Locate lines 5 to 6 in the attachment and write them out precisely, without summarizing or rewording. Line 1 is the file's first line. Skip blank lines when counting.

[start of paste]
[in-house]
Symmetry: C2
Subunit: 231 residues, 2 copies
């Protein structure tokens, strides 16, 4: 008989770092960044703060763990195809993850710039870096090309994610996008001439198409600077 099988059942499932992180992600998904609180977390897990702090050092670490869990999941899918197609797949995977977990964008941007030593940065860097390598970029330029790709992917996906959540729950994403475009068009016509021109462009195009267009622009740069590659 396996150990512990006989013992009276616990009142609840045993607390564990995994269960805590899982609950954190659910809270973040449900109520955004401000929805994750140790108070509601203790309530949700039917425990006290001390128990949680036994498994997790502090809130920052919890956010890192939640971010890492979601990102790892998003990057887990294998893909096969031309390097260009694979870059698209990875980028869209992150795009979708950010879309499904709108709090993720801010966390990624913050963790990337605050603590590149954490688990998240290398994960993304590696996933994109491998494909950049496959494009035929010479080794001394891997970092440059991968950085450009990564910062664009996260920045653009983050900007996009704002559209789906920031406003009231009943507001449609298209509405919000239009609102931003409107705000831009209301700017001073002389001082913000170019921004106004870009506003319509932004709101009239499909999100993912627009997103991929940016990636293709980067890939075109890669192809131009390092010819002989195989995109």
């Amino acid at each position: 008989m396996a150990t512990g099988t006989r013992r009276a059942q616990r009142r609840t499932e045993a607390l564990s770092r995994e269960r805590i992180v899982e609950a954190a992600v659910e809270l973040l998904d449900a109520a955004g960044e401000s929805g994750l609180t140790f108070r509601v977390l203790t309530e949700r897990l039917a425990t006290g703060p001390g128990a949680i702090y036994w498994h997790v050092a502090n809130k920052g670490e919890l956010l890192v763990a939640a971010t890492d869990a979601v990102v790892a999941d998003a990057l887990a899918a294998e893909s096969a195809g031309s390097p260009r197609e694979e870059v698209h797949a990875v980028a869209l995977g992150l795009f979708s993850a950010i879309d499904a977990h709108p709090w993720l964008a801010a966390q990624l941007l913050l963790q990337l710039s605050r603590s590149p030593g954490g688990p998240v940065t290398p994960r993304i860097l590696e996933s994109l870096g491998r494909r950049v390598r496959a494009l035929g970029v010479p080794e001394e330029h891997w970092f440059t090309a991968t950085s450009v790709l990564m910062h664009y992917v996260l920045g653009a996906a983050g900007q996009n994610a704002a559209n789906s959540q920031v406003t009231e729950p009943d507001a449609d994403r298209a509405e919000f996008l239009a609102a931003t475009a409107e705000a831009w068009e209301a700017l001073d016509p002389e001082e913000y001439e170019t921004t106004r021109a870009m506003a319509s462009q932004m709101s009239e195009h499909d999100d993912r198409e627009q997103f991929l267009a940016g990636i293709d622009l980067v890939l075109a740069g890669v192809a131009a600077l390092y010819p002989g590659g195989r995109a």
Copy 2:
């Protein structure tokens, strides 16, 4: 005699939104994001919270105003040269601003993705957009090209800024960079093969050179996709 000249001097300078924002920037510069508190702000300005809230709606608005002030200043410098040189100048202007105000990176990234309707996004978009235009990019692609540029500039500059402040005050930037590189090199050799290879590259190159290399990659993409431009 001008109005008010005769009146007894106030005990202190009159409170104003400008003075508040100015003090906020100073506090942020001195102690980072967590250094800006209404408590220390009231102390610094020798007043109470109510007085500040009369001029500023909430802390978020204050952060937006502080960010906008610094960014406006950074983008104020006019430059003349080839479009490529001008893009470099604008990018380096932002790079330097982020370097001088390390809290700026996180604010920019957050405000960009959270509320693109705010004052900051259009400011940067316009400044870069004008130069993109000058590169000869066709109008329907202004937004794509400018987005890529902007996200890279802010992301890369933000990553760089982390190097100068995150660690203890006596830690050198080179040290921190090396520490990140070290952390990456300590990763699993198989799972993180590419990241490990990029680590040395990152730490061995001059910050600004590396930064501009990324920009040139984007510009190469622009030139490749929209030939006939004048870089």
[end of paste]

């Amino acid at each position: 008989m396996a150990t512990g099988t006989r013992r009276a059942q616990r009142r609840t499932e045993a607390l564990s770092r995994e269960r805590i992180v899982e609950a954190a992600v659910e809270l973040l998904d449900a109520a955004g960044e401000s929805g994750l609180t140790f108070r509601v977390l203790t309530e949700r897990l039917a425990t006290g703060p001390g128990a949680i702090y036994w498994h997790v050092a502090n809130k920052g670490e919890l956010l890192v763990a939640a971010t890492d869990a979601v990102v790892a999941d998003a990057l887990a899918a294998e893909s096969a195809g031309s390097p260009r197609e694979e870059v698209h797949a990875v980028a869209l995977g992150l795009f979708s993850a950010i879309d499904a977990h709108p709090w993720l964008a801010a966390q990624l941007l913050l963790q990337l710039s605050r603590s590149p030593g954490g688990p998240v940065t290398p994960r993304i860097l590696e996933s994109l870096g491998r494909r950049v390598r496959a494009l035929g970029v010479p080794e001394e330029h891997w970092f440059t090309a991968t950085s450009v790709l990564m910062h664009y992917v996260l920045g653009a996906a983050g900007q996009n994610a704002a559209n789906s959540q920031v406003t009231e729950p009943d507001a449609d994403r298209a509405e919000f996008l239009a609102a931003t475009a409107e705000a831009w068009e209301a700017l001073d016509p002389e001082e913000y001439e170019t921004t106004r021109a870009m506003a319509s462009q932004m709101s009239e195009h499909d999100d993912r198409e627009q997103f991929l267009a940016g990636i293709d622009l980067v890939l075109a740069g890669v192809a131009a600077l390092y010819p002989g590659g195989r995109a």
Copy 2: